Submitted by acohill on Wed, 04/27/2005 - 08:55
GovTech has an article on Missouri's new CIO (Chief Information Officer), who was given the daunting task of improving state government IT services, in part by consolidating 16 separate IT fiefdoms. IT folks are notoriously resistant to service aggregation, because it usually means smaller staffs and smaller budgets. Some IT folks like big, complicated, hard to use systems because it justifies big IT staffs and budgets.
Dan Ross, the new CIO, has his work cut out for him. Statewide IT consolidation is fraught with its own problems. All the IT spending becomes concentrated in one place (usually the state capital), so it often cuts out small and medium-sized businesses as the contracts are rolled up into massive specifications that only big companies with large expense accounts can go after. And those big contracts often have hidden gotchas that end up being more expensive than several smaller contracts distributed among several agencies. And a big IT operation in the capital can become loaded with patronage jobs--you end up with underqualified people making unjustifiably large salaries, and that always ends up being expensive.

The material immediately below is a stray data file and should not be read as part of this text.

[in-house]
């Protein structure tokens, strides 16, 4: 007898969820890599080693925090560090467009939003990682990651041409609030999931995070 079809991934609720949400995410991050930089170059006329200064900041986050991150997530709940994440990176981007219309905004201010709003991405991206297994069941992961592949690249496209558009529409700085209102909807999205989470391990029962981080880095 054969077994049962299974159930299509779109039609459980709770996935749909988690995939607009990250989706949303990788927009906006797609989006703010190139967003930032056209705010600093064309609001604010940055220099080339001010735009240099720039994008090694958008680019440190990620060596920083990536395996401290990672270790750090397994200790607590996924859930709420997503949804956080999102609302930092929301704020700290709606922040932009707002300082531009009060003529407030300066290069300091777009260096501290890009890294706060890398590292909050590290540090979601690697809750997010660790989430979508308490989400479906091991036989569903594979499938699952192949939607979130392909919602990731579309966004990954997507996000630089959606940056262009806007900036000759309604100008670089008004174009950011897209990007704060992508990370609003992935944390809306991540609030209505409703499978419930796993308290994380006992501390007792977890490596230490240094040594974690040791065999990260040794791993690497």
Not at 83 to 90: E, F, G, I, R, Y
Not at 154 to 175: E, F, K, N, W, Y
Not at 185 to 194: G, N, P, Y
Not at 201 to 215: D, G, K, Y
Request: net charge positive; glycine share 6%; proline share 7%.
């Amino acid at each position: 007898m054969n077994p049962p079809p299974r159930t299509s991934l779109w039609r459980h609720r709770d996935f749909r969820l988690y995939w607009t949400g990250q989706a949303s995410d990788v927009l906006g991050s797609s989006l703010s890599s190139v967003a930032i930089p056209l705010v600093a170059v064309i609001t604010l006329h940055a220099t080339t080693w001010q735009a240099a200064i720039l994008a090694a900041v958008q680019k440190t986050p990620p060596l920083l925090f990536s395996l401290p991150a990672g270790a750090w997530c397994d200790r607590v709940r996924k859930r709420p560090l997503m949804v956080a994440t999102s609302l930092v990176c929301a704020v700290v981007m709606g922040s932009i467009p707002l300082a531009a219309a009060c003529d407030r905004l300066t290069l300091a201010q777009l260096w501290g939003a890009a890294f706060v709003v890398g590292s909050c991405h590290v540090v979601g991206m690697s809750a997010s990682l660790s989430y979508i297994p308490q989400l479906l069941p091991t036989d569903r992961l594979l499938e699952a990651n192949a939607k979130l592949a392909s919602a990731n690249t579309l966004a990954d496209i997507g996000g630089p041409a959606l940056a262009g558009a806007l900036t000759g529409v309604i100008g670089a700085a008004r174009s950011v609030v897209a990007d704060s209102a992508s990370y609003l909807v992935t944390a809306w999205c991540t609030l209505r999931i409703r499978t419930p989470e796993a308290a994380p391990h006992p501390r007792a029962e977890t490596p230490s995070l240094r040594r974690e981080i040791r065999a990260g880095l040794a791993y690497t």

But the most interesting thing that has already emerged from Ross' short tenure is the discovery that the state highway department had fiber running up and down every interstate highway in the state. Can you say, "Statewide Voice over IP system?" If nothing else, the combination of a statewide fiber backbone for the government, combined with an overhaul of the existing phone contracts, should lead to some impressive savings.
But the story still begs one question. When did the highway department start putting in fiber, and why didn't they tell anyone about it? It boggles the mind. Were they saving it for something? If so, what exactly? It looks like the CIO of Missouri has already earned his pay.
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